To make the pillars stronger, manufacturers have made them increasingly wider and larger, which in turn has created additional blind spots for drivers.

Modern trucks have also proven to be dangerous even when moving at slow speeds due to their large blind zones. Due to the shape of the hood, a modern truck's blind zone can extend to more than a dozen feet out in front of the vehicle.

The spacious blind zones have led to an increase in "frontovers," according to Amber Rollins, the director of Kids and Car Safety. A frontover is a traffic collision where a driver slowly runs over a victim in their front blind spot.

Tracking frontovers has proven to be a difficult task for government agencies.

Former National Highway Traffic Safety Administration Administrator Steven S. Cliff wrote in a 2022 letter to Sen. Richard Blumenthal that there's tremendous difficulty in accurately collecting data on frontover collisions. "Among the State crash reports NHTSA receives, there are no data fields dedicated to identifying frontovers," he wrote.

According to NHTSA data, there were 240 estimated nonoccupant deaths by forward-moving vehicles in the United States in 2016. In 2020, that had more than doubled to 526 deaths.

Frontover deaths, according to NHTSA, make up a subset of these nonoccupant deaths.

More precise data regarding frontover collisions appear to be on the horizon.

A spokesperson for NHTSA told Insider the agency "is exploring the addition of two new non-traffic crash data elements related to backovers and frontovers for every non-traffic crash in the upcoming data collection year."

Sen. Richard Blumenthal
U.S. Sen. Richard Blumenthal during a hearing on September 21, 2021 in Washington, D.C.Ken Cedeno-Pool/Getty Images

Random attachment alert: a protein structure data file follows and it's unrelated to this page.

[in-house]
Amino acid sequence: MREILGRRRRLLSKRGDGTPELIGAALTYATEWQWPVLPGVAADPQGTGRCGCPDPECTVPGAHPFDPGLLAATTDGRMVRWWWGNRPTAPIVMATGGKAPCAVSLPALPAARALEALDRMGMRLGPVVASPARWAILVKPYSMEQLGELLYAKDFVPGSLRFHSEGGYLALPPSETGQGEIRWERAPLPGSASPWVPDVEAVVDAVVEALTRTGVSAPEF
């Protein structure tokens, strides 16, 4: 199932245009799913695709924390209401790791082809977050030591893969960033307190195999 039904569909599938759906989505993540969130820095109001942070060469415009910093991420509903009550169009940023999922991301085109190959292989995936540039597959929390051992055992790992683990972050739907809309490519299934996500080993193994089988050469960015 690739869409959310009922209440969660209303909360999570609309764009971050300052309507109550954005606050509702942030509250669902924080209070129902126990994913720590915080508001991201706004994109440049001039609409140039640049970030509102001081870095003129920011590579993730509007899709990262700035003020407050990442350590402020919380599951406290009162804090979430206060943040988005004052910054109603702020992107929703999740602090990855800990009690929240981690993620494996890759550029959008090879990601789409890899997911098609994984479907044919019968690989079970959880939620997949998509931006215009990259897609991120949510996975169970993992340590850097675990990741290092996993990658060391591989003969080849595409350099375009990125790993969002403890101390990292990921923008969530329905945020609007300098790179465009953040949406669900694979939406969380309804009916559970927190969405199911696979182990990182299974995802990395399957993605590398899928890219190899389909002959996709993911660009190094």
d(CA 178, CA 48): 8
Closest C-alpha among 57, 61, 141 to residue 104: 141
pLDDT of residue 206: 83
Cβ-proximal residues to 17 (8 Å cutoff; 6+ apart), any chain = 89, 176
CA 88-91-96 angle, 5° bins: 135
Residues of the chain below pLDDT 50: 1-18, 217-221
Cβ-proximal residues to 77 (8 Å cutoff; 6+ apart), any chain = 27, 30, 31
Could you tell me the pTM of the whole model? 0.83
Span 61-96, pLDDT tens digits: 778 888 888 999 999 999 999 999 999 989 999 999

Proposed solutions have failed to garner support on Capitol Hill

In late 2022, following investigative reports from NBC4 Washington, Sen. Richard Blumenthal introduced the STOP Frontovers Act which would require new vehicles to possess technology that could detect pedestrians directly in front of the vehicle as well as requiring NHTSA to officially develop a definition for a frontover.

The legislation was never brought to a vote, but Blumenthal told Insider he had plans to reintroduce the act this session of Congress.

"Frontovers are tragically killing and injuring children, demanding Congressional action," Blumenthal told Insider in a statement. "My STOP Frontovers Act requires all car manufacturers to install technology like cameras or sensors to help detect small kids or pets in front of the car and calls on NHTSA to improve data collection and reporting of these incidents. I will be reintroducing this measure and pushing for its swift passage to put an end to frontovers — preventing more families from suffering this horrific heartbreak."

Blumenthal's office didn't introduce the original bill until November 2022, just before the midterm elections, when Democrats controlled both the House and the Senate. It will be much more difficult for Blumenthal to pass the legislation this congressional session, where control of Congress is split.

One other possible solution to prevent pedestrian deaths, suggested by Brooks, the executive director of the Center for Auto Safety, would be to regulate and require new vehicles to include pedestrian automatic emergency braking systems.

NHTSA is currently developing safety standards for the technology, and results from tests involving automatic emergency braking systems in vehicles have been promising.

Cicchino, the vice president for research at the IIHS, told Insider that vehicles equipped with automatic emergency braking systems saw a 27% reduction in pedestrian crashes compared with vehicles of the same model that didn't have the technology.

Automatic emergency braking systems, however, do come with some flaws. Cicchino noted the technology doesn't work as well in the dark or when vehicles are turning.

Russell, the civil engineering technologist, said that even with these safety features added, trucks are still inherently dangerous due to their size, shape, and weight.

"We know 'light trucks' and SUVs are dangerous," Russell said. "It's irrefutable evidence based on loads of evidence. We know EVs are heavier. We know these machines are rarely used for their intended purposes, but we continue to let vehicle companies put profit over human health. It's a race to the biggest machine driven by the biggest assholes, and it's society that will pay for that arrogance."